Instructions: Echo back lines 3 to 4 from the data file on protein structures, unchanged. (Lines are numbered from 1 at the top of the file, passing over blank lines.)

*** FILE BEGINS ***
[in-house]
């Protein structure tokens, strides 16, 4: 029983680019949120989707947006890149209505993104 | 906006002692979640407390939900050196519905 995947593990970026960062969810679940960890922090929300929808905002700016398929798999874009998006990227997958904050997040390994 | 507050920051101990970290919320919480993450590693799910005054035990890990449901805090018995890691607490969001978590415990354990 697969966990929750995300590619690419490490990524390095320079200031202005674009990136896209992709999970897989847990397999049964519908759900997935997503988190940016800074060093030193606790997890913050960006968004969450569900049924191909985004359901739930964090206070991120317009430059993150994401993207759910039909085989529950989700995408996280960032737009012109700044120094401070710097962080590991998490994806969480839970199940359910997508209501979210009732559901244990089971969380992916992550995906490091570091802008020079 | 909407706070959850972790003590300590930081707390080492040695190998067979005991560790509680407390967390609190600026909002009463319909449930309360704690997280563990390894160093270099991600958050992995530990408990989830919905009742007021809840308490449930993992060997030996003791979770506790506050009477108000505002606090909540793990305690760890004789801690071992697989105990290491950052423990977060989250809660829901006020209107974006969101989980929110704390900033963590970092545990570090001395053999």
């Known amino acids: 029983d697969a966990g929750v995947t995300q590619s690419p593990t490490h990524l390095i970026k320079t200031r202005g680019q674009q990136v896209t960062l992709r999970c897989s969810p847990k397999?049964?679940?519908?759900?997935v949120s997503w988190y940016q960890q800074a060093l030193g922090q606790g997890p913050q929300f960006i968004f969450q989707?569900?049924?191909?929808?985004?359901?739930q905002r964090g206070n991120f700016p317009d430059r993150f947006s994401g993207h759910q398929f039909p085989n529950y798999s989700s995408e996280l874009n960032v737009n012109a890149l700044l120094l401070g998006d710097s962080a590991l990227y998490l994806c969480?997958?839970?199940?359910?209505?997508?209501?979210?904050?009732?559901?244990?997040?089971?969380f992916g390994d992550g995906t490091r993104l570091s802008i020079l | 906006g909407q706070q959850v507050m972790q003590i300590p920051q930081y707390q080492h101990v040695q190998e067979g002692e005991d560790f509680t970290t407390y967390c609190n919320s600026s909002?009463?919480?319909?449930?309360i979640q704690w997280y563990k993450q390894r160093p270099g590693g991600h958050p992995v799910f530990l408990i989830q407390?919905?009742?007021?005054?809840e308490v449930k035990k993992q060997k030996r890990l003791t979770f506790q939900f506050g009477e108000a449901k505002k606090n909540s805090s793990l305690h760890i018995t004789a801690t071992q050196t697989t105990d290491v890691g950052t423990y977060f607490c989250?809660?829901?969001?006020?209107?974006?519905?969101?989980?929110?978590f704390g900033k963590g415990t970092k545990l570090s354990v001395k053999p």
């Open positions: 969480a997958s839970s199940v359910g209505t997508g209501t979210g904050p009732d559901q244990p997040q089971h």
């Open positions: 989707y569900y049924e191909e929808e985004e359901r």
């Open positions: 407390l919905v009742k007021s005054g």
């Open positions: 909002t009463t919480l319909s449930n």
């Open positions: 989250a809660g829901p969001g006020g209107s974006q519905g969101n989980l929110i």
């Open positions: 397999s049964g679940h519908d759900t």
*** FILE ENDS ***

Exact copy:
């Known amino acids: 029983d697969a966990g929750v995947t995300q590619s690419p593990t490490h990524l390095i970026k320079t200031r202005g680019q674009q990136v896209t960062l992709r999970c897989s969810p847990k397999?049964?679940?519908?759900?997935v949120s997503w988190y940016q960890q800074a060093l030193g922090q606790g997890p913050q929300f960006i968004f969450q989707?569900?049924?191909?929808?985004?359901?739930q905002r964090g206070n991120f700016p317009d430059r993150f947006s994401g993207h759910q398929f039909p085989n529950y798999s989700s995408e996280l874009n960032v737009n012109a890149l700044l120094l401070g998006d710097s962080a590991l990227y998490l994806c969480?997958?839970?199940?359910?209505?997508?209501?979210?904050?009732?559901?244990?997040?089971?969380f992916g390994d992550g995906t490091r993104l570091s802008i020079l | 906006g909407q706070q959850v507050m972790q003590i300590p920051q930081y707390q080492h101990v040695q190998e067979g002692e005991d560790f509680t970290t407390y967390c609190n919320s600026s909002?009463?919480?319909?449930?309360i979640q704690w997280y563990k993450q390894r160093p270099g590693g991600h958050p992995v799910f530990l408990i989830q407390?919905?009742?007021?005054?809840e308490v449930k035990k993992q060997k030996r890990l003791t979770f506790q939900f506050g009477e108000a449901k505002k606090n909540s805090s793990l305690h760890i018995t004789a801690t071992q050196t697989t105990d290491v890691g950052t423990y977060f607490c989250?809660?829901?969001?006020?209107?974006?519905?969101?989980?929110?978590f704390g900033k963590g415990t970092k545990l570090s354990v001395k053999p």
């Open positions: 969480a997958s839970s199940v359910g209505t997508g209501t979210g904050p009732d559901q244990p997040q089971h």